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Tuesday, 17 February 1987
Page: 82

(Question No. 4854)

Mr Cobb asked the Minister representing the Minister for Industry, Technology and Commerce, upon notice, on 11 November 1986:

(1) What has been the real percentage increase in the level of protection to local industries due to the devaluation of the Australian dollar since 1983.

(2) Have the benefits of the devaluation been revealed in (a) increased exports due to our domestic products becoming relatively cheaper to overseas buyers, (b) decreased imports due to overseas products becoming relatively dearer to local consumers or (c) exports falling less than they otherwise would have; if so, can the Minister give details.

(3) Have the disadvantages to local industries of the devaluation been revealed in (a) increased costs to inputs, (b) higher inflation and (c) other effects; if so, can the Minister give details.

(4) What is the approximate net effect of the devaluation to local industry after taking into account the benefits and disadvantages.

Mr Barry Jones —The Minister for Industry, Technology and Commerce has provided the following answer to the honourable member's question in regard to the industries covered by his portfolio:

(1) It is not possible to quantify the real percentage increase in the level of protection to local industries due to the devaluation of the Australian dollar. The impact varies from industry to industry and depends upon not only the existing level of assistance but also on a number of other factors. These include the effect of the devaluation on input costs for both imported and domestically produced goods; higher freight, insurance, and interest payments; and the flow on of higher prices to wages. These factors reduce the competitive boost to industry from the depreciation.

(2) The widening of the current account deficit as a result of the terms of trade collapse has disguised a significant improvement in export and import volumes. In the first three quarters of 1986 the volume of imports fell by 2.2 per cent compared with the same period a year earlier while the volume of exports rose by 3.3 per cent. For 1985-86 as a whole, export volumes increased by 7.1 per cent while imports increased by only 9.0 per cent. Further benefits to the trade account are expected as Australian industries adjust to their new competitive position.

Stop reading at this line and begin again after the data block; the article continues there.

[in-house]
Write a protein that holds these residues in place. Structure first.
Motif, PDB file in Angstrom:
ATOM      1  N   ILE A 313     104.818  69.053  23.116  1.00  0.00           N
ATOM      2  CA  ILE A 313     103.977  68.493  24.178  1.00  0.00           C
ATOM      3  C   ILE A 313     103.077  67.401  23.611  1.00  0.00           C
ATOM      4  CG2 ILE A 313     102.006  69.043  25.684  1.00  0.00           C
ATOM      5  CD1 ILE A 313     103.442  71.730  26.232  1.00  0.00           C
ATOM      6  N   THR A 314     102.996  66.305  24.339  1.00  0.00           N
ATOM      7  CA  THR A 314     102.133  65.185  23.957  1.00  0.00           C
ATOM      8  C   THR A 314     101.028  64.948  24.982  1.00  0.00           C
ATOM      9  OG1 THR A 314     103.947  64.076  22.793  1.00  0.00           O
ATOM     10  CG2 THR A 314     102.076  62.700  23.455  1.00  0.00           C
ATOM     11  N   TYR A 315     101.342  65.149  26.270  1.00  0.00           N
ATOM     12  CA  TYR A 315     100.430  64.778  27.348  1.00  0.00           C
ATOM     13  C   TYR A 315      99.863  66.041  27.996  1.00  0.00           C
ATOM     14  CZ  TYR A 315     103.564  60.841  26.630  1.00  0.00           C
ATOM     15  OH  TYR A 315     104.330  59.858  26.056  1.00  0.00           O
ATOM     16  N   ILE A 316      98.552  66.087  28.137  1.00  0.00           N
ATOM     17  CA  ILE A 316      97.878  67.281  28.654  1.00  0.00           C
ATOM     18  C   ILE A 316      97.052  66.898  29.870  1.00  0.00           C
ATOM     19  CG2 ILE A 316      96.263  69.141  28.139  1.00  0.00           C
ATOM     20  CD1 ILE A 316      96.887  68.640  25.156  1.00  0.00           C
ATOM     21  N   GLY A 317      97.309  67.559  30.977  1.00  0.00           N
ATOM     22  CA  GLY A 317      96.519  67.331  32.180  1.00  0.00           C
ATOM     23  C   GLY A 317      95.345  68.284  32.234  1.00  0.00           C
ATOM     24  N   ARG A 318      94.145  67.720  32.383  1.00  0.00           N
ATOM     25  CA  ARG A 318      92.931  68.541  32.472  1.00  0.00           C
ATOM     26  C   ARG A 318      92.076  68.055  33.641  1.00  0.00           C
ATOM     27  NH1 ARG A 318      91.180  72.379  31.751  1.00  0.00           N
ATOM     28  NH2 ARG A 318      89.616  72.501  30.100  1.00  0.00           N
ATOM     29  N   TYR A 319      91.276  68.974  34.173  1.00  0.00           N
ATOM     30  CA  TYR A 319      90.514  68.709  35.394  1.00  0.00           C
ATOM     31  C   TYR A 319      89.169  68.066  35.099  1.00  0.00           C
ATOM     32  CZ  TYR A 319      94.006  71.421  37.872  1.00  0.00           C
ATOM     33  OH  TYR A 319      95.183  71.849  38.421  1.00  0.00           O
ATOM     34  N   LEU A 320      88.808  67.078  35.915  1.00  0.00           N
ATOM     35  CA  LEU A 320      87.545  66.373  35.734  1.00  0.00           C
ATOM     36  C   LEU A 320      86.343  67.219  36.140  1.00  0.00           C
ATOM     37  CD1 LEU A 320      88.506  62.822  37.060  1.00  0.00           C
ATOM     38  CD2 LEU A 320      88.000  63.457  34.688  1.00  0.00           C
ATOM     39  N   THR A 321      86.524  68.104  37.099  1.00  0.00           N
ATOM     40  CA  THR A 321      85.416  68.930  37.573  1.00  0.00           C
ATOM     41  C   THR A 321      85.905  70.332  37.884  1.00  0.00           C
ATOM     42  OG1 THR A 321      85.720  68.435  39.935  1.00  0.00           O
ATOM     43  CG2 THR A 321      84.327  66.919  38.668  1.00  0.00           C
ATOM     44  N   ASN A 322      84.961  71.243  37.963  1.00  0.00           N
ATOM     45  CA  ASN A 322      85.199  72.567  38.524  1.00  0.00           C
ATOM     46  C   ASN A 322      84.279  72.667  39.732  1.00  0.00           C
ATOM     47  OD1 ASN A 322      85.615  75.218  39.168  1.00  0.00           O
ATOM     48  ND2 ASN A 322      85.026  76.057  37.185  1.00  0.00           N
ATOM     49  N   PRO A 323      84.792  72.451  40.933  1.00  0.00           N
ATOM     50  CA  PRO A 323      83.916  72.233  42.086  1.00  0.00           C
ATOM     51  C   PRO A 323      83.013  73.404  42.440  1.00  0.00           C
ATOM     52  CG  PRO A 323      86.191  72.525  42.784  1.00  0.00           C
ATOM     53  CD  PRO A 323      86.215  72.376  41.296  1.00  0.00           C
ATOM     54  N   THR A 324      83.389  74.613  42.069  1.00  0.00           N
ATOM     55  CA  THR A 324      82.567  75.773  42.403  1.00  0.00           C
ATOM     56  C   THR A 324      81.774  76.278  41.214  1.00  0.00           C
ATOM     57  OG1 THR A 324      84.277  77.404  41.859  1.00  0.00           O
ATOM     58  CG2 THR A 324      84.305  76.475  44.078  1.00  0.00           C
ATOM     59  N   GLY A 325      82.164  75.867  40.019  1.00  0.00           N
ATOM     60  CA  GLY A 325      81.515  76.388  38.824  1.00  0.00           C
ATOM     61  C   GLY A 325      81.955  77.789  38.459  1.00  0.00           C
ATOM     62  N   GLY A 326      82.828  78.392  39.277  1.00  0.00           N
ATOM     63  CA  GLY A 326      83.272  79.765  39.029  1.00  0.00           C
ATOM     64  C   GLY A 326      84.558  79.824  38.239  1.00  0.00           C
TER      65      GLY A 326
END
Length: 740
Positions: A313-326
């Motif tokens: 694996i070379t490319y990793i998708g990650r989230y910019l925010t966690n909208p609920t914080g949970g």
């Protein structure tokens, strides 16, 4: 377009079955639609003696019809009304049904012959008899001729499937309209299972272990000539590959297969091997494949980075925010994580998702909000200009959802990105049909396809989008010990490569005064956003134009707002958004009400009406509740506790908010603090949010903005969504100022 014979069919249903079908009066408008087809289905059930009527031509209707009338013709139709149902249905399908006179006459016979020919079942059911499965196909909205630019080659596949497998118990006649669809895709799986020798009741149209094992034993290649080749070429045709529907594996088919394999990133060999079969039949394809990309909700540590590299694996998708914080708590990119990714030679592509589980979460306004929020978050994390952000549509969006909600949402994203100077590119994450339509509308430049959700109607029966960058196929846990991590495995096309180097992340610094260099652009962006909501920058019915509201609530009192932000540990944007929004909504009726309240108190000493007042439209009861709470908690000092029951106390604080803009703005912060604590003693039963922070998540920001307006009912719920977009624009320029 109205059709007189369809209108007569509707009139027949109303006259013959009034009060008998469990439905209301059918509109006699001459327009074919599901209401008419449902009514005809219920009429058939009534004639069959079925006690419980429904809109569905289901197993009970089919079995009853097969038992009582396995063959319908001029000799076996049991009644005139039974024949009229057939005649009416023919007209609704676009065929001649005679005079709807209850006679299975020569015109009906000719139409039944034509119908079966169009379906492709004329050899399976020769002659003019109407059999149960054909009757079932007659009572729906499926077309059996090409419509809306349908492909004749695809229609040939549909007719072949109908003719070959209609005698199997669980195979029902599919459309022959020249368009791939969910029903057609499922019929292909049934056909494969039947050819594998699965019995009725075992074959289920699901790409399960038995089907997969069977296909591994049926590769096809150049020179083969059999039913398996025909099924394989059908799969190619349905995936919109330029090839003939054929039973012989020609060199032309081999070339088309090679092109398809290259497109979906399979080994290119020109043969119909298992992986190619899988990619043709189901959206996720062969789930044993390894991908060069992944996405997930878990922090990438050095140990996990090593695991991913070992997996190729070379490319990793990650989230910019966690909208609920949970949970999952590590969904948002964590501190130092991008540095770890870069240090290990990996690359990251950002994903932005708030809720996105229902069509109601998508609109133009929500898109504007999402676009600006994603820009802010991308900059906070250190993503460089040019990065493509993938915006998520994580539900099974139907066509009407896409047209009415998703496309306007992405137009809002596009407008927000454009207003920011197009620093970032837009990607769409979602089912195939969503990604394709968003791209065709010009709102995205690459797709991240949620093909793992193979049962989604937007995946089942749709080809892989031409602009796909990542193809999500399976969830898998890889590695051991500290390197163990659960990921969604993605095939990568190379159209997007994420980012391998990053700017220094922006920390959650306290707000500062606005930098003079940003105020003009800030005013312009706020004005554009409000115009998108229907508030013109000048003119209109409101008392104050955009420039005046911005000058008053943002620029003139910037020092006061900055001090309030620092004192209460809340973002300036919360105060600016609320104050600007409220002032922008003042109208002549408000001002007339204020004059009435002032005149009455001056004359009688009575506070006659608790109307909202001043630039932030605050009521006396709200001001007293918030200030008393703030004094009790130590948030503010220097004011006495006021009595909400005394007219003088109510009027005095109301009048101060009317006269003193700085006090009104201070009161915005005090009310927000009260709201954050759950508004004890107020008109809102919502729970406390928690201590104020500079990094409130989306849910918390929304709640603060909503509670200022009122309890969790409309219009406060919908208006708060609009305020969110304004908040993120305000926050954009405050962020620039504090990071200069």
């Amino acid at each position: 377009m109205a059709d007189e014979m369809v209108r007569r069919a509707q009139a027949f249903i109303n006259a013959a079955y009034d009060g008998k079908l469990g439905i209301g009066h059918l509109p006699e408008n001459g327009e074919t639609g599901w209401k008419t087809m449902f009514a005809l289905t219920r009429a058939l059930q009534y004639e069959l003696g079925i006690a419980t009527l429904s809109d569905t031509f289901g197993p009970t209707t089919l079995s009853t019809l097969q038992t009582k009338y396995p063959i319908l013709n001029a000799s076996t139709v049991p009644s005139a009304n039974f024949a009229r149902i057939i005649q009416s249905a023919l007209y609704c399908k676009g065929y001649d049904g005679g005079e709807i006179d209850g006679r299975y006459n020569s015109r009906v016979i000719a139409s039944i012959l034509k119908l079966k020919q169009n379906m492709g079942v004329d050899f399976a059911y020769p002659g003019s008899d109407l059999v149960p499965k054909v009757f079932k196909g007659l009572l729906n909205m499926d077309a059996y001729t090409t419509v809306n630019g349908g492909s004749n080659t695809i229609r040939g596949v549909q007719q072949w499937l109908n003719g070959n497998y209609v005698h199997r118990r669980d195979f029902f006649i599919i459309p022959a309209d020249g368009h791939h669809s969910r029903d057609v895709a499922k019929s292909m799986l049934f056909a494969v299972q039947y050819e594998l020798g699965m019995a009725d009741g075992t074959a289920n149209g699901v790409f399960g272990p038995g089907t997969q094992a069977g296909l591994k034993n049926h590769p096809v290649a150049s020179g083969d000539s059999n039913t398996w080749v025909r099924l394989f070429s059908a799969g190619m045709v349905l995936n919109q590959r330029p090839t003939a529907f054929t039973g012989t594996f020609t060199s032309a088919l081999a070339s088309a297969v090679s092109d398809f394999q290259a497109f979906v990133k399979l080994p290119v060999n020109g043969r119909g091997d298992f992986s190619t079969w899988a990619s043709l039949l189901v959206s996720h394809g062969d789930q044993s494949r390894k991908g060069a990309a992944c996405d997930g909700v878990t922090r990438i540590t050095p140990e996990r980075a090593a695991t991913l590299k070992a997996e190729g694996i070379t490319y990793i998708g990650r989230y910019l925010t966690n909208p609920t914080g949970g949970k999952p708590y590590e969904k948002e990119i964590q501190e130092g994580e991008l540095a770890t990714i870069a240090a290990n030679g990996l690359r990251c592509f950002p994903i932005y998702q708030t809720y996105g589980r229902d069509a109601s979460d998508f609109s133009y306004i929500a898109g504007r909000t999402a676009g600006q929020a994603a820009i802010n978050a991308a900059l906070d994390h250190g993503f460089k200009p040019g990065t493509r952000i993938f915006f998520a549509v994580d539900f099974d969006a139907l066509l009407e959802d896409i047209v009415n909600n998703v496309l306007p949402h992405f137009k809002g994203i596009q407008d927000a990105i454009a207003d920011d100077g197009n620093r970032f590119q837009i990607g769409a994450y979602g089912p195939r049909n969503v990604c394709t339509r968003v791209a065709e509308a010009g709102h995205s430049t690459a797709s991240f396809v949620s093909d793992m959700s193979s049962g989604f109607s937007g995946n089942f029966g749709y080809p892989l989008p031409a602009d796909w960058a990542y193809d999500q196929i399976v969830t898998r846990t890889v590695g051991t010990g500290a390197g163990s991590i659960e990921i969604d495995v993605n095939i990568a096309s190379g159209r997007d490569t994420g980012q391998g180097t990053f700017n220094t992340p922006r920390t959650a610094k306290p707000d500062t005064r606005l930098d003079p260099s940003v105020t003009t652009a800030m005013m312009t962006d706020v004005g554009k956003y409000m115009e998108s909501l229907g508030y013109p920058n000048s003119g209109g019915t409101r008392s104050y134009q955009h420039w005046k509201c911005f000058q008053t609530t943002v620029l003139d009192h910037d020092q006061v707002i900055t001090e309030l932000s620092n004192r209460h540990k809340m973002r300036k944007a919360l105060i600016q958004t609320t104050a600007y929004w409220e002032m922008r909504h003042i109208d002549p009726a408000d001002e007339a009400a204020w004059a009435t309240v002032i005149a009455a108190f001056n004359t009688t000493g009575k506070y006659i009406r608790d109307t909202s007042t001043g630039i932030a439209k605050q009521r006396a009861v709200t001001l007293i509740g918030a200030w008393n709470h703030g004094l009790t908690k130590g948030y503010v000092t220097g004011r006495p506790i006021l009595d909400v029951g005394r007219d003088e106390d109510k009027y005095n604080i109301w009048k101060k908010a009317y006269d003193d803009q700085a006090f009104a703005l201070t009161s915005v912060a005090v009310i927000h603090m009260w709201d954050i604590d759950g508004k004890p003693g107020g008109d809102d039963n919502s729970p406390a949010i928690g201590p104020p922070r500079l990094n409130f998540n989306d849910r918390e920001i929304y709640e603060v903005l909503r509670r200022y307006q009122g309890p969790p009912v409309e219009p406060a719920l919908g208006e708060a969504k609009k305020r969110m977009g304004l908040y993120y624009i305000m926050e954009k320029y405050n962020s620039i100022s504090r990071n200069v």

(3) Local industry has been subject to direct price increases for the imported goods it uses due to the devaluation. In 1985-86 as a whole import prices rose by 13.7 per cent. Imported capital goods increased in price by 21.3 per cent, intermediate goods by 8.6 per cent and consumption goods by 18.4 per cent.

The extent of cost increases resulting from the depreciation has been limited by the willingness of overseas producers and importers to absorb some of the currency movement. Import prices have not increased as much as would at first be indicated by the depreciation.

The depreciation has led to some increase in the rate of domestic inflation. The ABS has estimated that in the September quarter 1986, for example, the direct effect of price rises for goods wholly or predominantly imported and of petroleum products was 0.66 percentage points of the 2.6. per cent rise in the Consumer Price Index.

(4) It is not possible to quantify the net effect of the devaluation, nor is it possible to explain (with any certainty) trade volume improvements solely in terms of the devaluation.

As noted above there has been an improvement in trade volumes. This reflects the impact of the devaluation but the slowdown in economic activity is also likely to have had a moderating effect on the volume of imports.